- DEANA NASTIC
- JOSEF HOFLEHNER
- SIDE EFFECTS by Joachim Schmeisser
- ANDREAS H. BITESNICH
- TYLER SHIELDS
- MONA KUHN
Peter Mathis was born in 1961 and lives in Hohenems in Austria. Since 1986, his professional work focused particularly upon outdoor and sports photography. His international work took him to the most different places around the world. In 2007, he was awarded the title of Hasselblad Master and in 2008 the Master of European Photography from the Association of European Professional Photographers in Belgium. Since 2009 he has become more immersed in landscape photography and producing large format works.
Regardless of the type of picture, the authenticity of his work plays a prominent role for Peter Mathis. His essential design elements are light and structure. Light reflected by the object should be optimized so that it serves the overall structure and composition of the image. A picture therefore is not a simple reproduction of a predetermined motif, but instead is developed with the camera while on site. He refuses any simulation of artificial light moods or movements on the computer that are not reproducible in a physical sense. He is only interested in “true” nature, that which we can actually experience, instead of computer generated artifices.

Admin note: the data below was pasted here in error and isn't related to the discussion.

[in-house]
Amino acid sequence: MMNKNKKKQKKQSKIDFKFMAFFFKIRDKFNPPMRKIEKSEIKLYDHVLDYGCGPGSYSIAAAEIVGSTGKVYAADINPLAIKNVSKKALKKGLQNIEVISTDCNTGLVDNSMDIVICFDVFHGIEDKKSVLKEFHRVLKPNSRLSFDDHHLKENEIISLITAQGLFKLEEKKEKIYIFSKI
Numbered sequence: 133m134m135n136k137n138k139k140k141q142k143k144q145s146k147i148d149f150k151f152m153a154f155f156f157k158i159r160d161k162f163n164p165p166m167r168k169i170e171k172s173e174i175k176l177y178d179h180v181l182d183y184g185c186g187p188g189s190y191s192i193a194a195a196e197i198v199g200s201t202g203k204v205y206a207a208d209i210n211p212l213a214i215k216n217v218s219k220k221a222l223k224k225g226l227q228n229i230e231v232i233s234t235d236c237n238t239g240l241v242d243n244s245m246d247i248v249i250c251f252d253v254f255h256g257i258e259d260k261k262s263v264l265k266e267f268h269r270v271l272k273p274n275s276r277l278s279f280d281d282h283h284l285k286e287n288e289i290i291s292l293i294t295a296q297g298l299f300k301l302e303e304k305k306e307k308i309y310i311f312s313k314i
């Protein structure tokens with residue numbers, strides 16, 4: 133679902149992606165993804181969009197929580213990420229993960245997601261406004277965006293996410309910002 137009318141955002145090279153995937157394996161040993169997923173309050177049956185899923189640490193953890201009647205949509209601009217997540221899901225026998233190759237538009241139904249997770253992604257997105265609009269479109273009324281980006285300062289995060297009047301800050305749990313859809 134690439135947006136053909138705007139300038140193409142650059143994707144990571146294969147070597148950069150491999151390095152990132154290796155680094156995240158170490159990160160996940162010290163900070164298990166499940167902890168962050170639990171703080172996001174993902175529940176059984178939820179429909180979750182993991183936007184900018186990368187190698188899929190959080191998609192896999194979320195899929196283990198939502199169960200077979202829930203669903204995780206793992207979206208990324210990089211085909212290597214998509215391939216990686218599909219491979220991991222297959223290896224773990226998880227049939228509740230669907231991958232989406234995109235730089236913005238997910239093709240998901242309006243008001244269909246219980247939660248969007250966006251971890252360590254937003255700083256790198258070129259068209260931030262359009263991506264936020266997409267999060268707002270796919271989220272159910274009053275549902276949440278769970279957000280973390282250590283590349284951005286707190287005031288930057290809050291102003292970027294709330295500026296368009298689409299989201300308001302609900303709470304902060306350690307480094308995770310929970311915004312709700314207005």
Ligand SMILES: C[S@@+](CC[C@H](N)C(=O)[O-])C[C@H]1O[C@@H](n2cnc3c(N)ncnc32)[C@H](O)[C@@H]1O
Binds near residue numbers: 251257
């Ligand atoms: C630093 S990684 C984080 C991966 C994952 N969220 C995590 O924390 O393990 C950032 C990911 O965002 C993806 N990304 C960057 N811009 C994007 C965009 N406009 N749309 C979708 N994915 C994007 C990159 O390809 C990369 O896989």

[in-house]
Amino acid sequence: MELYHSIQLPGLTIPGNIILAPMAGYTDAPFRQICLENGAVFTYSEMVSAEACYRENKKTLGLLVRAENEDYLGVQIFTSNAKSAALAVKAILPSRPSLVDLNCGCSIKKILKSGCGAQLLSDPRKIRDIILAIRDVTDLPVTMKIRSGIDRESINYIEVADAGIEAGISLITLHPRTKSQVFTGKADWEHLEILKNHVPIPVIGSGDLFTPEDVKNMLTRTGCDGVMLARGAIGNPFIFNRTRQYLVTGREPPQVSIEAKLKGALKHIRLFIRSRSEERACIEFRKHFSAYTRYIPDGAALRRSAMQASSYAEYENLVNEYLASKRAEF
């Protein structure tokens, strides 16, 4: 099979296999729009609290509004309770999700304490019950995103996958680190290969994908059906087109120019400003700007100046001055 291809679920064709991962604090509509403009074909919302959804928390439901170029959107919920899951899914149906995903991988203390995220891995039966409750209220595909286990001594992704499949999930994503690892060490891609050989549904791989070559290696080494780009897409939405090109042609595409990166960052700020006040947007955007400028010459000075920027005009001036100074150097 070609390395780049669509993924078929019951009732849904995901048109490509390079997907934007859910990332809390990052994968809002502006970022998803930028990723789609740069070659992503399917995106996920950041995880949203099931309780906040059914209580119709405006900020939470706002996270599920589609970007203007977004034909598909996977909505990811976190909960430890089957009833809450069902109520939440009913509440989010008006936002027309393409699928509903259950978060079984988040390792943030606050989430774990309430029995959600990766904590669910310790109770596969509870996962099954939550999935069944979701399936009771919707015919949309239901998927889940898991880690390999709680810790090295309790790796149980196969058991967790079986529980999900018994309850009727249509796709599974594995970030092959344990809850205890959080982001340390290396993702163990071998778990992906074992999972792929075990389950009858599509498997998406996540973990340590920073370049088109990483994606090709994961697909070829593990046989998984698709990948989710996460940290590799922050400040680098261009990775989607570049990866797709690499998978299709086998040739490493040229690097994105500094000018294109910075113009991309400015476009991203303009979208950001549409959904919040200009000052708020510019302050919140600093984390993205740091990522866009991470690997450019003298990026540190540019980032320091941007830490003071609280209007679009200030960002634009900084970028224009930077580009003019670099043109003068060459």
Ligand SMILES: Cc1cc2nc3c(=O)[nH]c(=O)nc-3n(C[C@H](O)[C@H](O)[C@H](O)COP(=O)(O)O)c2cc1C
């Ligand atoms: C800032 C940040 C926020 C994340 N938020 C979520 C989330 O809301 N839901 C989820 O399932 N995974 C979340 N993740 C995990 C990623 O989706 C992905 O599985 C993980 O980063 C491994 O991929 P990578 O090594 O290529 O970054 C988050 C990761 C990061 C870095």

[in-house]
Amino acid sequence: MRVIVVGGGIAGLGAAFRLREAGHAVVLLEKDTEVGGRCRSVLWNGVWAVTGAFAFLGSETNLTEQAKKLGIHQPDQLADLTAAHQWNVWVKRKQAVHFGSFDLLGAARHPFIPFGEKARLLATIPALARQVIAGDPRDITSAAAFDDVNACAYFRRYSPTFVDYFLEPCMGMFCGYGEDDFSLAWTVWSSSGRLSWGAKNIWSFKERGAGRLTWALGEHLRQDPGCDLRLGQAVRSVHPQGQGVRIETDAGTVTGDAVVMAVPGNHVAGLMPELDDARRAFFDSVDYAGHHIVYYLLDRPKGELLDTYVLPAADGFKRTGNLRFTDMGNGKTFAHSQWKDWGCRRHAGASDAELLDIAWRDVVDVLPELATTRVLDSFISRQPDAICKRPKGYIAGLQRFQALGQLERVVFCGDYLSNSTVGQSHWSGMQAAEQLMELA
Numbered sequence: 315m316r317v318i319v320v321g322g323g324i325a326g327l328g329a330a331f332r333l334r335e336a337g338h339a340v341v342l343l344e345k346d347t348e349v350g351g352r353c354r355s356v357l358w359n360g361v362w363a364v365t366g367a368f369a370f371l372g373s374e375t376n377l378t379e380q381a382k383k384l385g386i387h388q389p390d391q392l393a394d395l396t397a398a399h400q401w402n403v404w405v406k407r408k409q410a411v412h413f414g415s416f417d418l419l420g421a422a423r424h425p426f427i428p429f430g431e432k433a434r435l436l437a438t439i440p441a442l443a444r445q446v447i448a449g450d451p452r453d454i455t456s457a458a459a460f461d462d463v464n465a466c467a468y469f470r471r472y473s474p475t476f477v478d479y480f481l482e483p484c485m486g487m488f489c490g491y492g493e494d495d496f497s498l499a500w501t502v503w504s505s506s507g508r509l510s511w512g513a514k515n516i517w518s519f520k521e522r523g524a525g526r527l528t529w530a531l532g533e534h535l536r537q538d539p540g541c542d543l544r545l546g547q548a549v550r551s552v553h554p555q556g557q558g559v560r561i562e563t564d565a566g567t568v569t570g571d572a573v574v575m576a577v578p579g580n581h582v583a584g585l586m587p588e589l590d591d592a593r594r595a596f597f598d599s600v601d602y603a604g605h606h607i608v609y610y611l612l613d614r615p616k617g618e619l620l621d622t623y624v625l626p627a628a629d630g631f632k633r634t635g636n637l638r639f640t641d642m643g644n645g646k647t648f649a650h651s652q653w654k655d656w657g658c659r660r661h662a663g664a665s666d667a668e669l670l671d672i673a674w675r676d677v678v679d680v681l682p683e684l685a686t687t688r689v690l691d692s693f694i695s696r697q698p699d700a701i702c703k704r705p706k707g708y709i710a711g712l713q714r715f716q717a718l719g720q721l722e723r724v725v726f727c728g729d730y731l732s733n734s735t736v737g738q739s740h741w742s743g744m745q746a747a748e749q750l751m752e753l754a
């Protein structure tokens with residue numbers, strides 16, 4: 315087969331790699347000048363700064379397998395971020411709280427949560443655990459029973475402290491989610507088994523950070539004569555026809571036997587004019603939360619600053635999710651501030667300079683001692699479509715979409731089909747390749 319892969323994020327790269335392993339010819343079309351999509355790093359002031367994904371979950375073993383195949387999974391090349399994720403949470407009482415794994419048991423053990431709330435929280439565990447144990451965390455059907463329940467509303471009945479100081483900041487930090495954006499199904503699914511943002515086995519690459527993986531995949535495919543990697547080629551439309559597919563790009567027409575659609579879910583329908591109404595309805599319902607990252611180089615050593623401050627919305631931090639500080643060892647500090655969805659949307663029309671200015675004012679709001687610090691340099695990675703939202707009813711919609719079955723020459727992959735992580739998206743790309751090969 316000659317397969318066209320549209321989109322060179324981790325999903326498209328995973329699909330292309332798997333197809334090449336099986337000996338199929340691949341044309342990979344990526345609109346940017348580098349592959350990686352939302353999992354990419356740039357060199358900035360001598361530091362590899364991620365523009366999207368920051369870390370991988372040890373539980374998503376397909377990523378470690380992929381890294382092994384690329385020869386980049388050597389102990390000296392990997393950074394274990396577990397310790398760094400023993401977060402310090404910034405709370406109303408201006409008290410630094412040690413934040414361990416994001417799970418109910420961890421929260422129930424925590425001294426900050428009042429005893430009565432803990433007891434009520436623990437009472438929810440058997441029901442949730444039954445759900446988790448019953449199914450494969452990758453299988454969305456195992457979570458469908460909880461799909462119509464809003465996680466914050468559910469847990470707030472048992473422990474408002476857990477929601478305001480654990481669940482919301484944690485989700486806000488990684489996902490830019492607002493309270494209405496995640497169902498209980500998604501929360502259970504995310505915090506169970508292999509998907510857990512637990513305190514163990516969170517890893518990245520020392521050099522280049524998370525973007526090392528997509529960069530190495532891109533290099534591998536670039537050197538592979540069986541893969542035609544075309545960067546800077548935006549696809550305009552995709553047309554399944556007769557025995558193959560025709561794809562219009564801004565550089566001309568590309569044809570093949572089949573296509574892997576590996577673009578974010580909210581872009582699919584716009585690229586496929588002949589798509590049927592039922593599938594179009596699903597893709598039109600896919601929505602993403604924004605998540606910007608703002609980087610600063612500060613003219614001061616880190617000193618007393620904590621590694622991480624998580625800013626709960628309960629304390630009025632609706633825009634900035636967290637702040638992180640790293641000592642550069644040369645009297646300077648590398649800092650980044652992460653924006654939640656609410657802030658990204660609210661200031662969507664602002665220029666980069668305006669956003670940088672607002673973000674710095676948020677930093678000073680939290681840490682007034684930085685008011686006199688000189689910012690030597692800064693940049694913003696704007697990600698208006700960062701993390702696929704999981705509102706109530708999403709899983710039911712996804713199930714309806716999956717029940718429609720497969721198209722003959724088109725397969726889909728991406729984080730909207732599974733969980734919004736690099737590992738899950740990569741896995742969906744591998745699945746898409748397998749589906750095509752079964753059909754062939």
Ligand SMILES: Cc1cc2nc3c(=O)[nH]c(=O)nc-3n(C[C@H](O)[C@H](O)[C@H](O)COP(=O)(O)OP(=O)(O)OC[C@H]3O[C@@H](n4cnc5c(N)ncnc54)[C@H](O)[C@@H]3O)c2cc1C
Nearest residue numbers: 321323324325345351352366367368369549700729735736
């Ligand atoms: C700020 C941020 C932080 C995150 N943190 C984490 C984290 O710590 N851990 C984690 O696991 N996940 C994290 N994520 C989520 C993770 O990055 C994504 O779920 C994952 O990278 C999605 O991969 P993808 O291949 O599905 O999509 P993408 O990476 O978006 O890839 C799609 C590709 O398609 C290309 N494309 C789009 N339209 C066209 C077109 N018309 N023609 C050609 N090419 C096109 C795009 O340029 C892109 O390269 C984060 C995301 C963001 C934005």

Many of his works aim to recognize and capture the fleeting nature of the moment, which requires enormous patience and experience. Quick and superficial effects are avoided at all costs.
Good pictures are about the composition or the reproduction of motifs but about creating that freedom for interpretation wherein the observer can see and experience the represented object in newer ways, time and again. By using the means available to him, the artist is able to not only keep the interest alive but also to stimulate it anew. One is never simply finished with a motif but looks at it again and again for there is something in motion there; something about a situation, about a fact, or about a motif that does not allow to be easily definded.
Through composition, lighting, use of contrast, and various other aspects, the picture develops a kind of its own life which transcends the mere motif and prevents a conceptual definition. It is the living picture that fascinates the observer and keeps his interest alive. It calls upon him to disclose a secret which however can never be expressed through mere words. It can only be experienced in the act of seeing.
Text by Dr. Christiane Schmieger, Art Historian